‘The question is real’
She can see the political dangers that lie ahead.

“There’ll be new elections in 2024,” she told the BBC. “There could be a bad outcome for Belgium if parties calling for Flemish independence win a majority – they could demand the independence of Flanders. More and more the question is real.”

REUTERS: Alexander De Croo
Alexander De Croo was sworn in by King Philippe last Thursday and immediately rushed off to an EU summit


It might seem extraordinary that in stable, prosperous Western Europe, a real question mark hangs over the future existence of a democratic state.

But consider the fate of the opera La Muette de Portici, which fell victim to changing tastes and times and has more or less ended up in the dustbin of history.

Who is to say that the country whose revolution it once inspired will not itself one day follow suit?

Source: BBC

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Belgium Gets New Prime Minister, Alexander De Croo After 493 Days Since Election

Alexander De Croo, received by the King. © Belga

After a wait of 493 days since the last federal election, Belgium has a new prime minister: Alexander De Croo.

De Croo is 44 years old, but it could be said he has been in politics all his life. His father is Herman De Croo, a lifelong politician who held numerous ministerial posts, sat as speaker of the federal parliament for eight years, chaired his party (then known as simply VLD) and now holds the elder statesman rank of Minister of State.

De Croo has long stood in the shadow of his father (whose own father was in local politics), and suffered for the association when he came into politics after a business education and a brief career as a business consultant.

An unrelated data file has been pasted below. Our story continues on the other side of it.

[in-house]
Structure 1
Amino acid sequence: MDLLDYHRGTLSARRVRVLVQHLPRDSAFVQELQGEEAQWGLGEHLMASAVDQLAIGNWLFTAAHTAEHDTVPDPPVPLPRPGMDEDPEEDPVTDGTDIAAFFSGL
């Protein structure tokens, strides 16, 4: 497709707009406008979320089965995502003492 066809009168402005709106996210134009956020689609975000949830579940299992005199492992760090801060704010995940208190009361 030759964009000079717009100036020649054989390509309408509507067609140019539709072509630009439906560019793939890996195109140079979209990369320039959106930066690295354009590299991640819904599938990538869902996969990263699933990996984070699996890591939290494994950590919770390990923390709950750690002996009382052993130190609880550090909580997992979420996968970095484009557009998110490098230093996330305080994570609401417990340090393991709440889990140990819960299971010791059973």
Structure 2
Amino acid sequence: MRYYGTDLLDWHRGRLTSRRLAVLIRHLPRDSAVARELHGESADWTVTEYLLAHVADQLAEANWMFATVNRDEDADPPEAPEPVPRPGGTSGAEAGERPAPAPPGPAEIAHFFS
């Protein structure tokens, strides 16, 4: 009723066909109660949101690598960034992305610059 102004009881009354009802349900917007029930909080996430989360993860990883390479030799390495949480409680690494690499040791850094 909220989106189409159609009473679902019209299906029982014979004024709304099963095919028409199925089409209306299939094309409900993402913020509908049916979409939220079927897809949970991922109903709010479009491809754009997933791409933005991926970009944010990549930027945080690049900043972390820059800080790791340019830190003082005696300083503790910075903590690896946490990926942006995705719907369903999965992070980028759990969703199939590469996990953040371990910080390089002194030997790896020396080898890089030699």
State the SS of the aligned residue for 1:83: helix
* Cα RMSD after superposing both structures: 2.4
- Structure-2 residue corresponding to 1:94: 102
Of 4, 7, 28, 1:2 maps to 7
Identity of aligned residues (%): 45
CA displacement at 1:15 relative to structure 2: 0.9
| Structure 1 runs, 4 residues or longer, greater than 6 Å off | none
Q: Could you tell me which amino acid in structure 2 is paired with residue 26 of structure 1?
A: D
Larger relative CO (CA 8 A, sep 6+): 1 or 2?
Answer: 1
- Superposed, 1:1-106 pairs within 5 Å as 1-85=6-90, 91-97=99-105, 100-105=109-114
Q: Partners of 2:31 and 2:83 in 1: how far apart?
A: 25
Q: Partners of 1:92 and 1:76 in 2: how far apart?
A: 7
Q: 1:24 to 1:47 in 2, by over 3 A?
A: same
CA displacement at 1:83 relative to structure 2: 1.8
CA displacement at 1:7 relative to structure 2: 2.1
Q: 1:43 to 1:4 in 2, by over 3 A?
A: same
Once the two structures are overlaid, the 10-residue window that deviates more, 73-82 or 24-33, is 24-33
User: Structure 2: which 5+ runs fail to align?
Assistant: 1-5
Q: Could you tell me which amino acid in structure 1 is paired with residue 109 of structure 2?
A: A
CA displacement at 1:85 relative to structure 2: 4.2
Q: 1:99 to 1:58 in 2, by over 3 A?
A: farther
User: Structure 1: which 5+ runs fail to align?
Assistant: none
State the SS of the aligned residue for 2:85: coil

The notion that he was no more than a ‘son of’ was not helped by his youthful good looks, or by the fact that many of his contemporaries, including former prime minister and fellow liberal Charles Michel, were also the sons of prominent politicians.

De Croo achieved a measure of self-determination when he took over the presidency of his party in 2009, a post he held for three years. His major achievement during that time was to withdraw his party from the government coalition headed by Yves Leterme in April 2010, leading to elections in June in which he stood for the Senate.

In 2012 he followed his colleague and friend Vincent Van Quickenborne as deputy prime minister, a post which he continued to hold until today. His entry into the federal chamber came after the elections in 2014, when he scored the highest tally of personal votes in East

From 2014 to 2018 he was minister for development cooperation and the digital agenda, as well as telecommunications and post – a ministry his father had held before him.

In 2018 he held onto development cooperation, and moved to become finance minister, another post his father had held. And today he eclipsed his father at last, rising to take the one job Herman De Croo never had.

As for the man personally, not much is known to the general public. He is married with two children, who remain well out of the public eye.

Early on he was considered quiet, even shy, in contrast to his gregarious father. He has a reputation for mastery of his brief and surrounding himself with competent collaborators. One of those who has been at his side all the way is Van Quickenborne, now mayor of Kortrijk. The smart money at the moment is on him becoming deputy PM in De Croo’s place.

Alan Hope
The Brussels Times

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New EU Countries Become Red Travel Zones For Belgians From Friday |The Republican News

Credit: Flickr/Jorge Franganillo (CC BY 2.0)

Belgium has added several new areas in the European Union, including Copenhagen, Lisbon and Geneva, to its list of red zones for travellers from Friday, according to the latest updates of the Ministry of Foreign Affairs.

This means that Belgium will require travellers returning from these zones to be tested and quarantined from Friday 25 September at 4:00 PM. Up this week, Belgium also banned all non-essential travel to red-zone destinations, but from now on, travel will only be “strongly discouraged.